Despite the slump in oil prices, Bahrain is pushing ahead with its key projects, which in 2016 could spell good news for the aviation and hospitality sectors, says DHUSHIYANTHI RAVI.
Multi-billion-dollar transport projects and world-class luxury developments will top Bahrain’s infrastructure initiatives, as the nation pushes ahead with its ambitions despite the low oil prices that threaten to cast a shadow on its growth plans.
A significant boost in investment in the form of government spend and GCC funds amounting to $10 billion over a 10-year period are expected to fuel growth in the construction sector. A $32-billion investment plan will help maintain Bahrain’s growth momentum and support its long-term development, according to Prince Salman bin Hamad Al Khalifa, Crown Prince, Deputy Supreme Commander, First Deputy Premier and Economic Development Board (EDB) chairman.
According to the EDB, the country’s continued diversification efforts have led to stable economic growth, which was forecast to reach 3.6 per cent in 2015, and the contribution of the financial services, manufacturing, and construction sectors now exceed that of the oil sector, which contributes only a fifth of gross domestic product (GDP).
Among the most eagerly awaited projects now is the $1.1-billion Bahrain International Airport (BIA) expansion project, contract awards for which are expected over the next few months. Other big-ticket infrastructure projects include the proposed King Hamad Causeway, which will be the second bridge connecting Saudi Arabia, and Bahrain’s rail project, which will form part of the 2,177-km-long GCC rail network.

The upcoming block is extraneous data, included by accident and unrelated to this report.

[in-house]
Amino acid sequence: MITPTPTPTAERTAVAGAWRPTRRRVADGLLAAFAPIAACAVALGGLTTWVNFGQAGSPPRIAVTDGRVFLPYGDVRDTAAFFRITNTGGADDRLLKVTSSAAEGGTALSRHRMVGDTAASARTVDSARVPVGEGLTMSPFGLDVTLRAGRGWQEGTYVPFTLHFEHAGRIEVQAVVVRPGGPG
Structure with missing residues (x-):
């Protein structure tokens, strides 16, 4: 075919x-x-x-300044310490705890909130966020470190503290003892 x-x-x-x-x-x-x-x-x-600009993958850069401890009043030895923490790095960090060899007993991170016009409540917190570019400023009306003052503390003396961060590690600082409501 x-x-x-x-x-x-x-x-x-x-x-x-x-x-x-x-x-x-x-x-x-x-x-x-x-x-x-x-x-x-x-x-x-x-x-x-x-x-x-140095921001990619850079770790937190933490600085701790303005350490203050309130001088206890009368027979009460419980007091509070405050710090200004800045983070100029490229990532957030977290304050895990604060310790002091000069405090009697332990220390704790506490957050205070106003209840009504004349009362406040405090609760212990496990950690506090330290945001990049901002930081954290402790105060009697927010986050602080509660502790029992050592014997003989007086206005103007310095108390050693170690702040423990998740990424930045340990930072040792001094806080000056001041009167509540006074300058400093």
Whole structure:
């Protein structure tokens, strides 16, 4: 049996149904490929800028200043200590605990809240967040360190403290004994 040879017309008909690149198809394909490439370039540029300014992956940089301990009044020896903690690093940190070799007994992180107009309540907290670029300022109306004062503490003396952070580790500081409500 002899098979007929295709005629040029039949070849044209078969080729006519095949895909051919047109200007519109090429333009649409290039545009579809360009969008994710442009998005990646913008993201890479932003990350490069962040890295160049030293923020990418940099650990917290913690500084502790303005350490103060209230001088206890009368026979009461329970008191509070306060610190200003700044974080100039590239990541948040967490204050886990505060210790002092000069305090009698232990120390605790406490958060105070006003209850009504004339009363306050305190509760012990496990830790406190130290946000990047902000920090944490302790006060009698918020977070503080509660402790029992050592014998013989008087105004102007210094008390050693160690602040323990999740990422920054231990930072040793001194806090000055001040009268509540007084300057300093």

In the industrial sector, Bahrain looks set to push ahead with the expansion of Aluminium Bahrain (Alba), which on completion in January 2019 will become the largest single-site aluminium smelter in the world, Construction of Alba’s $3.5-billion sixth potline will boost the smelter’s annual output by 514,000 tonnes to 1.45 million tonnes a year.
Social housing projects, undoubtedly, star in the infrastructure blueprint drawn up by the country as Bahrain strives to tackle its pressing housing shortage. At least five major social housing schemes are under construction including Northern Town and a 5,000-unit housing scheme coming up in Sitra as part of the country’s plan to build 40,000 homes.
Some of the stellar projects on the commercial landscape are continuing to draw new investors. For instance, the $2.5-billion Bahrain Bay project will soon see the development of the mixed-use Water Bay to be developed by Bin Faqeeh while Diyar Al Muharraq off Muharraq island has attracted the UAE-based Eagle Hills, which expects to break ground soon on the first phase of Marassi Al Bahrain, a luxury mixed-use development set to take shape on the eastern shores of the island development.